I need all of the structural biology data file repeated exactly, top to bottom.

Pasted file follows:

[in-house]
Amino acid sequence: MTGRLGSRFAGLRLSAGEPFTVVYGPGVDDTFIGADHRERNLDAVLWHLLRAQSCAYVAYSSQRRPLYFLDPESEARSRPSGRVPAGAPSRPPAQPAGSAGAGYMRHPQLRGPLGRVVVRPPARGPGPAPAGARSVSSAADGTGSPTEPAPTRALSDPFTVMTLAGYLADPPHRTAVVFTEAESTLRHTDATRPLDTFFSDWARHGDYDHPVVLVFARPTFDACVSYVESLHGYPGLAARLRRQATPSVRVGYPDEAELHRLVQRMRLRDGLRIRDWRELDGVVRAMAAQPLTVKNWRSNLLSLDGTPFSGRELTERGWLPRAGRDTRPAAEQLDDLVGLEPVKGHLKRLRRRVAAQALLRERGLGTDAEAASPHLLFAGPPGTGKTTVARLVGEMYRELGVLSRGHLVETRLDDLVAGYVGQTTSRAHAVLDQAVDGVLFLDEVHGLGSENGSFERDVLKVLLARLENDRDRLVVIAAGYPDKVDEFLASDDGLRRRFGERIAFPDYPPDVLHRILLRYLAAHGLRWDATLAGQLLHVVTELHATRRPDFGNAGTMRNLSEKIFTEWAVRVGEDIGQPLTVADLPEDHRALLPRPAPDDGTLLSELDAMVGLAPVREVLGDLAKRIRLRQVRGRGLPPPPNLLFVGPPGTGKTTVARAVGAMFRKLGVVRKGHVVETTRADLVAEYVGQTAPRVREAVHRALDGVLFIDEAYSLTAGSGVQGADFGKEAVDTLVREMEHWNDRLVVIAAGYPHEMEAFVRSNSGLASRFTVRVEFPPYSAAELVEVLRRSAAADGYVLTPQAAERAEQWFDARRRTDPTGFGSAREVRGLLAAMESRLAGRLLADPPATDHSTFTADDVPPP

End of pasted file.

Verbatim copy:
[in-house]
Amino acid sequence: MTGRLGSRFAGLRLSAGEPFTVVYGPGVDDTFIGADHRERNLDAVLWHLLRAQSCAYVAYSSQRRPLYFLDPESEARSRPSGRVPAGAPSRPPAQPAGSAGAGYMRHPQLRGPLGRVVVRPPARGPGPAPAGARSVSSAADGTGSPTEPAPTRALSDPFTVMTLAGYLADPPHRTAVVFTEAESTLRHTDATRPLDTFFSDWARHGDYDHPVVLVFARPTFDACVSYVESLHGYPGLAARLRRQATPSVRVGYPDEAELHRLVQRMRLRDGLRIRDWRELDGVVRAMAAQPLTVKNWRSNLLSLDGTPFSGRELTERGWLPRAGRDTRPAAEQLDDLVGLEPVKGHLKRLRRRVAAQALLRERGLGTDAEAASPHLLFAGPPGTGKTTVARLVGEMYRELGVLSRGHLVETRLDDLVAGYVGQTTSRAHAVLDQAVDGVLFLDEVHGLGSENGSFERDVLKVLLARLENDRDRLVVIAAGYPDKVDEFLASDDGLRRRFGERIAFPDYPPDVLHRILLRYLAAHGLRWDATLAGQLLHVVTELHATRRPDFGNAGTMRNLSEKIFTEWAVRVGEDIGQPLTVADLPEDHRALLPRPAPDDGTLLSELDAMVGLAPVREVLGDLAKRIRLRQVRGRGLPPPPNLLFVGPPGTGKTTVARAVGAMFRKLGVVRKGHVVETTRADLVAEYVGQTAPRVREAVHRALDGVLFIDEAYSLTAGSGVQGADFGKEAVDTLVREMEHWNDRLVVIAAGYPHEMEAFVRSNSGLASRFTVRVEFPPYSAAELVEVLRRSAAADGYVLTPQAAERAEQWFDARRRTDPTGFGSAREVRGLLAAMESRLAGRLLADPPATDHSTFTADDVPPP